BY BRIAN RZEPPA
Since 2008, the Wyandotte Boat Club has struggled to find its footing at the Royal Canadian Henley Regatta, a weeklong event that has been running for the past 135 years and stands as one of the top crew championships each year.
With the help of two members of the Trenton Crew team, current junior Sarah Miles and 2016 Trenton High School graduate Alyssa Danyo, the boat club was able to claim victory for the first time in nearly a decade.
Heading into the event, Danyo had confidence that had been built over her time at Trenton as well as her experience throughout the summers, but she knew that they were in for a tough battle.
“I was nervous, as I am for any race. My expectation was that we were going to do well, but my coach made sure we weren’t too cocky before the race. He reminded us that we don’t know how well the other teams trained for this race and that we just had to row our best,” Danyo said.
Danyo, who rowed last year at Iona College in New York, noted that her preparation for this year’s Canadian Henley was especially intense given her height in comparison to her teammates.
“Preparation varied for person to person in the boat; one girl only started rowing two weeks before the race. For me, it was trying to make the weight. I was the tallest in the boat and had the most weight to lose. I had to limit my diet to fruits, vegetables and only small portions of meat and then I’d row, go for a run and workout after that.”
Danyo and her teammates’ preparation came in handy down the stretch, as Wyandotte was able to outlast their competition due in large part to the cardio that the team had collectively built over the summer.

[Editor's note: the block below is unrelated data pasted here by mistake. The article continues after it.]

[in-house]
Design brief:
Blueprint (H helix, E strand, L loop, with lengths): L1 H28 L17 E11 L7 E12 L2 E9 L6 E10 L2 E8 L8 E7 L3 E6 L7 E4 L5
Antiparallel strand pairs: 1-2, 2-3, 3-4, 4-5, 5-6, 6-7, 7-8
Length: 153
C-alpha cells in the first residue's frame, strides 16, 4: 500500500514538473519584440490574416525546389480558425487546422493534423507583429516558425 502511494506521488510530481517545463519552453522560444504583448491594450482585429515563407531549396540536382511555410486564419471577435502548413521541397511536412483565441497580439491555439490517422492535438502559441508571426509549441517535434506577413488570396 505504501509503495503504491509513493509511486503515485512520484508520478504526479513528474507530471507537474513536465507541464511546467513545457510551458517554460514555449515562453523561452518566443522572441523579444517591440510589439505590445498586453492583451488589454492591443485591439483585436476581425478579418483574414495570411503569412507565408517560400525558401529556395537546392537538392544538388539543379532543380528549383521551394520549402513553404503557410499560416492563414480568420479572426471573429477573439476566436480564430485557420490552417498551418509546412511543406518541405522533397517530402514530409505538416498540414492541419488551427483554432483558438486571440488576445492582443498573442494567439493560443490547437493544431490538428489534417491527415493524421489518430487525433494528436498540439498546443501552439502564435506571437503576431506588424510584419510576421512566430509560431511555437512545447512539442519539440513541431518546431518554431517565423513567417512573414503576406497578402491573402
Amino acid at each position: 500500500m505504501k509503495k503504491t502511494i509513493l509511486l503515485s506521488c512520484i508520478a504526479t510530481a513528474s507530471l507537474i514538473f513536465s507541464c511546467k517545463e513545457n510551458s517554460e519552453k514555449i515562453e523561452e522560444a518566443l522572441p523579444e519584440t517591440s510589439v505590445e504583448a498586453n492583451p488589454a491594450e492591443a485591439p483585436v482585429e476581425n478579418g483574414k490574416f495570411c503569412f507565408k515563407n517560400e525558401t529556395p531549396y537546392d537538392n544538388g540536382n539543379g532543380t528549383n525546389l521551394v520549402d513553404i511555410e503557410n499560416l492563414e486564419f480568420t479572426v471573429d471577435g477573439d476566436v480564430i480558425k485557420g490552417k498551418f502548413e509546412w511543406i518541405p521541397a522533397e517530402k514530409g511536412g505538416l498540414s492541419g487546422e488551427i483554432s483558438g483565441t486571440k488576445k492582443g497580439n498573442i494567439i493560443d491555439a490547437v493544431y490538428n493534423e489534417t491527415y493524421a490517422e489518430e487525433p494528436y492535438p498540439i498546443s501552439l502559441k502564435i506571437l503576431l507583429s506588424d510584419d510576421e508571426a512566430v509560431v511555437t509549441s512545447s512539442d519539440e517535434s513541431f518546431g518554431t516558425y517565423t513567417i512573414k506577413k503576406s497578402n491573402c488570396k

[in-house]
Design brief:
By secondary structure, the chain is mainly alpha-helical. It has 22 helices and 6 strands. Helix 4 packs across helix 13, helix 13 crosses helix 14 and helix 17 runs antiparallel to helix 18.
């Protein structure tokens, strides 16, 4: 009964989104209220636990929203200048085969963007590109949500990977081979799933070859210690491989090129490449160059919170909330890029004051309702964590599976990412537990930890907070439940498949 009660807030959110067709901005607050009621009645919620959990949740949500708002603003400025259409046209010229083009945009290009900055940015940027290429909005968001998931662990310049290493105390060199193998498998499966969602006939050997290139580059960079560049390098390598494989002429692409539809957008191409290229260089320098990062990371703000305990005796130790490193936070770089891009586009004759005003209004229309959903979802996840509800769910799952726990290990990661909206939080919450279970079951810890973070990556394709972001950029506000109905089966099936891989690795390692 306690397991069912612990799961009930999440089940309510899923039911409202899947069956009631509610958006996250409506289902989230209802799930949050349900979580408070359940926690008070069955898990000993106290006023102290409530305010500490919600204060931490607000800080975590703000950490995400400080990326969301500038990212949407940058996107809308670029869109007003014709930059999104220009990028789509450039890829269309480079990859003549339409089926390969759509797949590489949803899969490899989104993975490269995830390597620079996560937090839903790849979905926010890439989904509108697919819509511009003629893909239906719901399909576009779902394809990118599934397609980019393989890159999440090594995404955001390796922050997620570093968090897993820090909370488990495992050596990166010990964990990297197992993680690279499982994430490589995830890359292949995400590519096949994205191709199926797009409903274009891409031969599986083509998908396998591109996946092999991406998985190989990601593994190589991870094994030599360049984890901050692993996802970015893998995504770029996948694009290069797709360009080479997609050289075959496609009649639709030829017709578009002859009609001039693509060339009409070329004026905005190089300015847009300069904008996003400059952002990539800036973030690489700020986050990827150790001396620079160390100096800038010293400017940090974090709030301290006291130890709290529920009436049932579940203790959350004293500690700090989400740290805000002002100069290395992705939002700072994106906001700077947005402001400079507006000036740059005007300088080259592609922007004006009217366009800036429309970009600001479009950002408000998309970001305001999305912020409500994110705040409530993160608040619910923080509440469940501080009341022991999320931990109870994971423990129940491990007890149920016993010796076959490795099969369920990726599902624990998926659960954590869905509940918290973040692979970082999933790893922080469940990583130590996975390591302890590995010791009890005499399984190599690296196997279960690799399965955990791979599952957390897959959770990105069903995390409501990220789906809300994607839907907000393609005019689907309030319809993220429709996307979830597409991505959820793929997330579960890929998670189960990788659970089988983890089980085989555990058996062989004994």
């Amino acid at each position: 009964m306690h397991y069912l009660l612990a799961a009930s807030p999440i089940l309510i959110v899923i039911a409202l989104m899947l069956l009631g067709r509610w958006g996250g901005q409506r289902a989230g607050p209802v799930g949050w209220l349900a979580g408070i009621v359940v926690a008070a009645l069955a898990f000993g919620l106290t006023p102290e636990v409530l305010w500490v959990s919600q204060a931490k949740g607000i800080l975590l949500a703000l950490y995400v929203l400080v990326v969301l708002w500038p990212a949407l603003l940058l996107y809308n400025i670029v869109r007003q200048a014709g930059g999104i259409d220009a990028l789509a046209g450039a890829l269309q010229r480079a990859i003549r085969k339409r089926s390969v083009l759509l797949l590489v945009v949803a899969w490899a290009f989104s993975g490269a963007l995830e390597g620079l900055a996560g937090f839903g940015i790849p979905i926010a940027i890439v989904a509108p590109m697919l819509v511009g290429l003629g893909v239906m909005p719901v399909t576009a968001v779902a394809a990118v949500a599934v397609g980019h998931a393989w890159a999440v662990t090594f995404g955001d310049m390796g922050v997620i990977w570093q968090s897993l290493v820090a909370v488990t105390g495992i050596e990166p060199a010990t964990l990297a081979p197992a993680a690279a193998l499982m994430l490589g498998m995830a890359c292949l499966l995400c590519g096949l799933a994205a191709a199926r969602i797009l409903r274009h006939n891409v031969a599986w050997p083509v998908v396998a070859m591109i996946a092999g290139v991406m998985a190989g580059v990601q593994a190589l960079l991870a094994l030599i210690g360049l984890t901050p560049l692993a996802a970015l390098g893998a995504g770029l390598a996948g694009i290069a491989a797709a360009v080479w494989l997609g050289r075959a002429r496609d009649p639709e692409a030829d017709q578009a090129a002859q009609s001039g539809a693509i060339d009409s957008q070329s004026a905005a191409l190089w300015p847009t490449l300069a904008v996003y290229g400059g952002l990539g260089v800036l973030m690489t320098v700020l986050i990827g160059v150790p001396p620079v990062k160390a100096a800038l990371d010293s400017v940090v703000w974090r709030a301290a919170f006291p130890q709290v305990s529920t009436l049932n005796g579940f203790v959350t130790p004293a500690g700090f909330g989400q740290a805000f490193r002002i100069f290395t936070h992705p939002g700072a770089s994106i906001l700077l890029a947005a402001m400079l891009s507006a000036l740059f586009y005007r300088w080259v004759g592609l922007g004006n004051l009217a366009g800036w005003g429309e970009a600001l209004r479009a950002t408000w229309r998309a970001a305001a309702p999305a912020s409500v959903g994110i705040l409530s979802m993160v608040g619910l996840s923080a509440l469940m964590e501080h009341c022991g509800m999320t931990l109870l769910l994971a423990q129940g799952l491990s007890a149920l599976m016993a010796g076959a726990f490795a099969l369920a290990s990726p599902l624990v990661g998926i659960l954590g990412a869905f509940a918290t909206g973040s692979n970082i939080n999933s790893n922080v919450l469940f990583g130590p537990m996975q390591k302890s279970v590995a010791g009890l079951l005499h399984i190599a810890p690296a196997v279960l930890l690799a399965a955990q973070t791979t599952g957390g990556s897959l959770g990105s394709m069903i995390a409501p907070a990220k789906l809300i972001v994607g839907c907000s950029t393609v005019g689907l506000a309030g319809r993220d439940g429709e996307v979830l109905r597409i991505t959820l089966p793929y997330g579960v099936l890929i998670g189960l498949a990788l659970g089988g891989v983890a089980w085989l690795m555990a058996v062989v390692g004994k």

“The other teams ‘flied and died’ at the beginning; meaning they put too much energy in the first 500 meters of the race, while we remained consistent in our speed and power. Our biggest competition in that race was St. Catharines and we were able to start pulling past them halfway through at around the 1000-meter mark. Around the 1500-meter mark, we were already ahead of them by open water.”
For Danyo, the win meant more than the Boat Club’s first Canadian Henley victory in nearly a decade.
“The win meant a lot to me,” she said. “My dad won three Canadian Henley medals and at the Wyandotte Boat Club, they have a celebration called a wall party where your picture and plaque is placed on the wall in the upstairs bar/banquet center. After a long summer of making weight, I felt my hard work paid off when I was able to join my dad on the wall.”
Bob Olszewski, the recently retired Trenton crew coach, could not have been more pleased about the news of hearing that a pair of his rowers were able to take home such a prestigious victory.
“It was awesome because the kids learn to row in Trenton and they stuck with it in the boat club and it was awesome for them and it’s something they’ll never forget. It elevates them in terms of who they are as people and in terms of how they perform as rowers,” Olszewski said.
While it was an accomplishment gained for Wyandotte, Danyo credited the Trenton program with kick starting her development and serving as the base for her abilities as a rower.
“If I didn’t join Trenton Crew, I wouldn’t be rowing. Trenton Crew made me realize my love and commitment for the sport. That team also showed me that you could start from nothing, but still have success. It made me realize that if I want to win, I had to put in the work even off the water.”
The Trenton season will not kick off until the spring, but Olszewski believes this win could have lasting effects for Miles as a leader of the team and propel the entire program into further achievements.
“Sarah (Miles) is going to be a really big role player because of the character and the praise that she has gotten as a coxswain. She was in that role with us at Nationals last year so the experience that she’s gotten this summer is priceless. When you get into tough spots you can rely on that experience and Sarah will be in a great place for herself and the team moving forward.”